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Re: st: Multiple Imputation in Longitudinal Multilevel Model


From   "JVerkuilen (Gmail)" <jvverkuilen@gmail.com>
To   statalist@hsphsun2.harvard.edu
Subject   Re: st: Multiple Imputation in Longitudinal Multilevel Model
Date   Wed, 6 Mar 2013 16:21:47 -0500

On Wed, Mar 6, 2013 at 12:47 PM, Anthony Fulginiti
<fulginitipsy@yahoo.com> wrote:
 In any case, I simplified the model for the post but had followed
your suggestions and used a host of variables (known to relate to the
outcome variable in the literature) in the imputation model and the
xtmixed model.
>

You may not necessarily want them in the -xtmixed- model.


>
> 1)I will increase the number of imputations.

For the purposes of model building and checking the imputation model
it's not crazy to work with a smaller number. Once you're satisfied
with the final imputation model then it's worth boosting that number
up.


>
> 2)I did not include time in my imputation model because my understanding was to perform the imputation in wide format rather than the long format (when reshaping from long to wide, the time indicator variable is dropped until I subsequently reshape for the use of the mim command). Perhaps if I follow your suggestions and use the MI feature, I can incorporate time and the quadratic for time since I found that polynomial function is the best fit for the existent data.
>

Usually it's a good idea to make sure that important structure such as
time and clusters are represented, but often leave a little extra room
for wiggle. Wide tends to destroy those trends, though. Um... Gary
King and one of his collaborators wrote something on this. I believe
it's on the Amelia web page:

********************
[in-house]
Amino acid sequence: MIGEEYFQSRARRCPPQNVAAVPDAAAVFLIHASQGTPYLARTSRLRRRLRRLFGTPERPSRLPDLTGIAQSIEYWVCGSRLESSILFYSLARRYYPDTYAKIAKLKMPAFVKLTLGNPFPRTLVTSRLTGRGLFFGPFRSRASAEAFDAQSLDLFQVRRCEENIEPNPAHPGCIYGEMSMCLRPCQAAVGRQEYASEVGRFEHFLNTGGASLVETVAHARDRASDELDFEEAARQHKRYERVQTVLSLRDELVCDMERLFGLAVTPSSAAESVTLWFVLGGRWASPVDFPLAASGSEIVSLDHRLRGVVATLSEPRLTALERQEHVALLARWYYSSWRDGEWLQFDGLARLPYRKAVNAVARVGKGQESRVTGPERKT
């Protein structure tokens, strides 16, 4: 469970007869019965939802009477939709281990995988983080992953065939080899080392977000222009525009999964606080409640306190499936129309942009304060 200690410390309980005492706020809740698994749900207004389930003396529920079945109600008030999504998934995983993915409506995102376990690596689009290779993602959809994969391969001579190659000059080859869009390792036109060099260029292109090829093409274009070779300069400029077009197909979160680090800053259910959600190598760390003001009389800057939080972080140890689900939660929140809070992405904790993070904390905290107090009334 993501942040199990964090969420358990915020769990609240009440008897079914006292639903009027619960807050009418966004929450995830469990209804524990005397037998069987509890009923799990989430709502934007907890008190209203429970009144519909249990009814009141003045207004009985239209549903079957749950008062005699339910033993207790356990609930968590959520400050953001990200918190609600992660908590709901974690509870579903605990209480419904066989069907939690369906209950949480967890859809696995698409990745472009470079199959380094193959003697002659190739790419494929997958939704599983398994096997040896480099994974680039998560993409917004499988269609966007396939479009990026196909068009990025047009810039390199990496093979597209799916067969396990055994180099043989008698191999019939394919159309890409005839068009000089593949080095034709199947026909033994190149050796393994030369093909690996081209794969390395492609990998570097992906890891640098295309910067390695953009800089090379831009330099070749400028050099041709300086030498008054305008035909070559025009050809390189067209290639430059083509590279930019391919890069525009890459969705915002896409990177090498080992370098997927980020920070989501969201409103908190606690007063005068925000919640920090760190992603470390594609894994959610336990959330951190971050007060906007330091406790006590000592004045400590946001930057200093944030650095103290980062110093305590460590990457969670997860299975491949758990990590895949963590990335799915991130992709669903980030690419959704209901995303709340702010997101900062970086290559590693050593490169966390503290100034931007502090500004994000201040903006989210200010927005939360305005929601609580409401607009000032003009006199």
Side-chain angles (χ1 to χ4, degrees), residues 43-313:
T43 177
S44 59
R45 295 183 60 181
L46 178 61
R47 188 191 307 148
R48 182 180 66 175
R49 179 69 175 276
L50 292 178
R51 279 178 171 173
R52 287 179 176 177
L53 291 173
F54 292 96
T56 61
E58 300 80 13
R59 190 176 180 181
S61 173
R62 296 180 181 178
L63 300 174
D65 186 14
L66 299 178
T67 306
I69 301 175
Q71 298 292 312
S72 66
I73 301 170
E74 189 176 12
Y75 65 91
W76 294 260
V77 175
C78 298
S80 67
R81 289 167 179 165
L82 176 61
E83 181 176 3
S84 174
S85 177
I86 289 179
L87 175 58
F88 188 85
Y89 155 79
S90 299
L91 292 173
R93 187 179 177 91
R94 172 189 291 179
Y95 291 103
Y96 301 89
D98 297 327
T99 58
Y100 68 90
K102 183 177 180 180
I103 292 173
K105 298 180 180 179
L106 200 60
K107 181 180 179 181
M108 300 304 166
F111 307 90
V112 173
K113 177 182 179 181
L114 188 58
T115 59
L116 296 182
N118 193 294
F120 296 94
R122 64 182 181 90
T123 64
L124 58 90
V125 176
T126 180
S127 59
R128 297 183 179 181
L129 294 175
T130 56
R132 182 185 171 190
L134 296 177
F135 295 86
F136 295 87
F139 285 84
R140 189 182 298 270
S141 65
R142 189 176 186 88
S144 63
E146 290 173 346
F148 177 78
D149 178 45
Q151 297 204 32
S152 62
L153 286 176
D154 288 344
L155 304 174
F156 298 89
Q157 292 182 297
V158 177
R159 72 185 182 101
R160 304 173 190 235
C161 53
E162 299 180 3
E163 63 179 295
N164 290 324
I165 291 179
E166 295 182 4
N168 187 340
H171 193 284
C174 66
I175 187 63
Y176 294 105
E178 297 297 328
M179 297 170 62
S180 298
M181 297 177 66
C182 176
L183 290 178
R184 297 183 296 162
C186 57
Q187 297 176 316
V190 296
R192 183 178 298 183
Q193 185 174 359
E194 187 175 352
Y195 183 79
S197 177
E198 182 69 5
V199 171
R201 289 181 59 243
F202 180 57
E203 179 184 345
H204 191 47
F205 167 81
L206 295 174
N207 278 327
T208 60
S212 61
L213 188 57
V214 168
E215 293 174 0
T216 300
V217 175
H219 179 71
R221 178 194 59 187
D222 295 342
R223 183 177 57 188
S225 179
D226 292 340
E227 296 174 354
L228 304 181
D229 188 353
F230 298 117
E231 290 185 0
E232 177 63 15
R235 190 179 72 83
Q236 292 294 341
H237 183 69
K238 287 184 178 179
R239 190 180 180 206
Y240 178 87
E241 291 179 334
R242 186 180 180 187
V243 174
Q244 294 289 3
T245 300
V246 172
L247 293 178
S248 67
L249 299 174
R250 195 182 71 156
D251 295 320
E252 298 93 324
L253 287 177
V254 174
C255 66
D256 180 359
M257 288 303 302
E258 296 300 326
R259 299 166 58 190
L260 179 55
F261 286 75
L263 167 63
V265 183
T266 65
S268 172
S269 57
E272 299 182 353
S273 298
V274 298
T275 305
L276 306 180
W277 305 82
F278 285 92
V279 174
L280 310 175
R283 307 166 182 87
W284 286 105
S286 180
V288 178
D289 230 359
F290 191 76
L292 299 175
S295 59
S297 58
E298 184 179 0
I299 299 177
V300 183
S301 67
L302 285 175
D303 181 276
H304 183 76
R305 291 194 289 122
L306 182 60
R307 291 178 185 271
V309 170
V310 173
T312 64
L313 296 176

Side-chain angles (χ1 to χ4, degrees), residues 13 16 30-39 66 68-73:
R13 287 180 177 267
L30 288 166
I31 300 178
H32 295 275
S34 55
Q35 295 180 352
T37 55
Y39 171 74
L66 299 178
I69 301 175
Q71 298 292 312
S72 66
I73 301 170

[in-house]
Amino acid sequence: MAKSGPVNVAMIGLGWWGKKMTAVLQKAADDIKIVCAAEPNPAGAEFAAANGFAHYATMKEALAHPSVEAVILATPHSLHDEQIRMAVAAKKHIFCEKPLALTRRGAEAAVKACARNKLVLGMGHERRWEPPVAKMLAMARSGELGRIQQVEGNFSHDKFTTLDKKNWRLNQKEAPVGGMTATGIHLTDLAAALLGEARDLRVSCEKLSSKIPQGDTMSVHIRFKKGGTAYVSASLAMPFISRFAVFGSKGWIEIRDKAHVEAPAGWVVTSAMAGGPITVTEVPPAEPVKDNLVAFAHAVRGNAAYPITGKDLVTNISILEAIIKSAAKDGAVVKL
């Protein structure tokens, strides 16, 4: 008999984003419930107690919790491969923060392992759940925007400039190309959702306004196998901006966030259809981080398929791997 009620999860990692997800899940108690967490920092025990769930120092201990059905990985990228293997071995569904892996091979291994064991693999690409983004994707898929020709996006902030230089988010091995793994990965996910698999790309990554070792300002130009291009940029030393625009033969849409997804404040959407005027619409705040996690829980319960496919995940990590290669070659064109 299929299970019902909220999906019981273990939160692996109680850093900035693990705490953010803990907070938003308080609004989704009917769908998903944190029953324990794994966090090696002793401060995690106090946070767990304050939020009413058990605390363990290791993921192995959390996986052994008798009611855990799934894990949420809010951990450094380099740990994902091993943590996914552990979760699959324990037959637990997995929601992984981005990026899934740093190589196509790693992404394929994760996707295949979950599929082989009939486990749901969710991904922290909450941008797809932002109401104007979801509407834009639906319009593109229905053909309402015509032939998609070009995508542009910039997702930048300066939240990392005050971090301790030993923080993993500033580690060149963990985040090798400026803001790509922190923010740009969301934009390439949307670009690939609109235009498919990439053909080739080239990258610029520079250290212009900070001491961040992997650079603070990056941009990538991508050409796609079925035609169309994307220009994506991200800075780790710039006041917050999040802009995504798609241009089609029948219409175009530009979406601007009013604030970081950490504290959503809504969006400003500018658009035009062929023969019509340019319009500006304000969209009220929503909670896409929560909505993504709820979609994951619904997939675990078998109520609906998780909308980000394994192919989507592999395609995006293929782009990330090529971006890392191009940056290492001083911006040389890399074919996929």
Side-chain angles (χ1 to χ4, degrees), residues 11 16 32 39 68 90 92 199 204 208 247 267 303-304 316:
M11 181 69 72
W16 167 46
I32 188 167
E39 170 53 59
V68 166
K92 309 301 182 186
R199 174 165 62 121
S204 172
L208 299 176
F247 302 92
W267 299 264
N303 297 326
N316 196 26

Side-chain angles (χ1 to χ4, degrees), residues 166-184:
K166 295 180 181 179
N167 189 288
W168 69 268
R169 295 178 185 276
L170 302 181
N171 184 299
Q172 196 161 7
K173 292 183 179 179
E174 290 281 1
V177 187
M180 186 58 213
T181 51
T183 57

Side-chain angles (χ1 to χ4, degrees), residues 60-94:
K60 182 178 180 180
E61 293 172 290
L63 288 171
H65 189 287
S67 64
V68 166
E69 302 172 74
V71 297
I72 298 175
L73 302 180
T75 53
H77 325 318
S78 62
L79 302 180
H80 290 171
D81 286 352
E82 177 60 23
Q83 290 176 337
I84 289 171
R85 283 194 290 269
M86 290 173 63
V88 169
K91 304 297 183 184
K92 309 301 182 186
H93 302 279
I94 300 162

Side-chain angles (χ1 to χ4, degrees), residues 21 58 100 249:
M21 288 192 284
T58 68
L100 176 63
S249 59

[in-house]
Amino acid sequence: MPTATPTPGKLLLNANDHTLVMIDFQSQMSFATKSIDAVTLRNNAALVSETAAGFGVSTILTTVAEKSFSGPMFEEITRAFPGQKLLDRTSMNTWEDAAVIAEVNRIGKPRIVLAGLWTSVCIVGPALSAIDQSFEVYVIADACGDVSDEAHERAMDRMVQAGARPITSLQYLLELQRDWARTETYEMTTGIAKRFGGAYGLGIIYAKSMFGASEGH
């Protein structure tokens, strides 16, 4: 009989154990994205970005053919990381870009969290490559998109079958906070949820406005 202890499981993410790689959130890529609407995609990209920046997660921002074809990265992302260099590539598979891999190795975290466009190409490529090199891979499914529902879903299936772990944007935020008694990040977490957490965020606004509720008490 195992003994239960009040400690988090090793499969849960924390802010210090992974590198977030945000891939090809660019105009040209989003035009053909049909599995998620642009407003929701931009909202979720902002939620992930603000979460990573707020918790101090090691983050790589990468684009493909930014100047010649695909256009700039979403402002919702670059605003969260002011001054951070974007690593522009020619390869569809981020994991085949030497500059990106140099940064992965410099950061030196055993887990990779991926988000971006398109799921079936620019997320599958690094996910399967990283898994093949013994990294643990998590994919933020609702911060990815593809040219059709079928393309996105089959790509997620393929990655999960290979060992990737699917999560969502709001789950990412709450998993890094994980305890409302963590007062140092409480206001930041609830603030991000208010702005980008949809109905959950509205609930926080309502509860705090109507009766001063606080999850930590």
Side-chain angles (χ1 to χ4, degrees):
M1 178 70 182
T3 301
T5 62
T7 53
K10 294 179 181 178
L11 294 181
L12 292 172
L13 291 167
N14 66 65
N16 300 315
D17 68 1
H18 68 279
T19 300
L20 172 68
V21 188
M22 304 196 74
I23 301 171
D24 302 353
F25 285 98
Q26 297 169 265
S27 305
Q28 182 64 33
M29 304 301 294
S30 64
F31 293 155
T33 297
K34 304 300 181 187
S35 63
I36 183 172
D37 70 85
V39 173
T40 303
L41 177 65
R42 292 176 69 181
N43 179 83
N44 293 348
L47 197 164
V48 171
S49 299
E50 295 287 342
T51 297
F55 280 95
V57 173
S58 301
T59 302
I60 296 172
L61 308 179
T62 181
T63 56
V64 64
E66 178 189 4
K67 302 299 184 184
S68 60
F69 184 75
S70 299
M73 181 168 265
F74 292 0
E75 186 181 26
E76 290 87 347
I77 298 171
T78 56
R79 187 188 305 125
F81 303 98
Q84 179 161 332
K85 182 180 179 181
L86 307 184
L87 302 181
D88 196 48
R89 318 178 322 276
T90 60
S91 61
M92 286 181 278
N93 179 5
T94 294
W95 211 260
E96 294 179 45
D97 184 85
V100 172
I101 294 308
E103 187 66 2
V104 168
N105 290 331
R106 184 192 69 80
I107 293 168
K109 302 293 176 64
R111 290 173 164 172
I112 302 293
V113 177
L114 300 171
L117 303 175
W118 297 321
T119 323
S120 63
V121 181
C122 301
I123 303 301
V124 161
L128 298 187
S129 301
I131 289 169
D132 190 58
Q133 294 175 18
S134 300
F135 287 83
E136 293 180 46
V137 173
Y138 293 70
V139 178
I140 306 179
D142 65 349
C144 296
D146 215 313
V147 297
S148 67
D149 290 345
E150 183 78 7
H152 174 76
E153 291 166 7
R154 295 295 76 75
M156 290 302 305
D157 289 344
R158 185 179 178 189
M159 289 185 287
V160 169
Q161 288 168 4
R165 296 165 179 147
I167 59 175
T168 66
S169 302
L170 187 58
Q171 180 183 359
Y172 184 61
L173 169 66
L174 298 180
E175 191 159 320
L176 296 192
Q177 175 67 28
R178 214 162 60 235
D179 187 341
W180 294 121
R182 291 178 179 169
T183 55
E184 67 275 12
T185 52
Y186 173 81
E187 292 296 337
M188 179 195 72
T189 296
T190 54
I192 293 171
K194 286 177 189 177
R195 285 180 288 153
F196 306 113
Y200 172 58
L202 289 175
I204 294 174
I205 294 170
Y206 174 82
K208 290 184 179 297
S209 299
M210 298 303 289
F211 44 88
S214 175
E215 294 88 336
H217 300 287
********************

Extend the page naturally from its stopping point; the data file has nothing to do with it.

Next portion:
http://gking.harvard.edu/files/abs/pr-abs.shtml

Honaker, James, and King, Gary. 2010. What to do About Missing Values
in Time Series Cross-Section Data. American Journal of Political
Science 54, no. 3: 561-581.




> *A fundamental issue that I was trying to address is that I know that certain variables, such as symptoms relate to the outcome.  However, I have missing values in several of those relevant independent variables as well as in the outcome variable. My understanding was that the chained equation approach (with ice and then the mim command) would work well when missing values for both independent and dependent variables.

I may be misunderstanding your question but there are true independent
variables that shouldn't be missing, but each dependent variable gets
its chance in the sun to predict the others.



> I will further review the MI manual but let me know if you have any additional thoughts or helpful hints on the matter. I appreciate the insight and perspective on such challenging material.

Yes, these models are tough.

-- 
JVVerkuilen, PhD
jvverkuilen@gmail.com

"It is like a finger pointing away to the moon. Do not concentrate on
the finger or you will miss all that heavenly glory." --Bruce Lee,
Enter the Dragon (1973)

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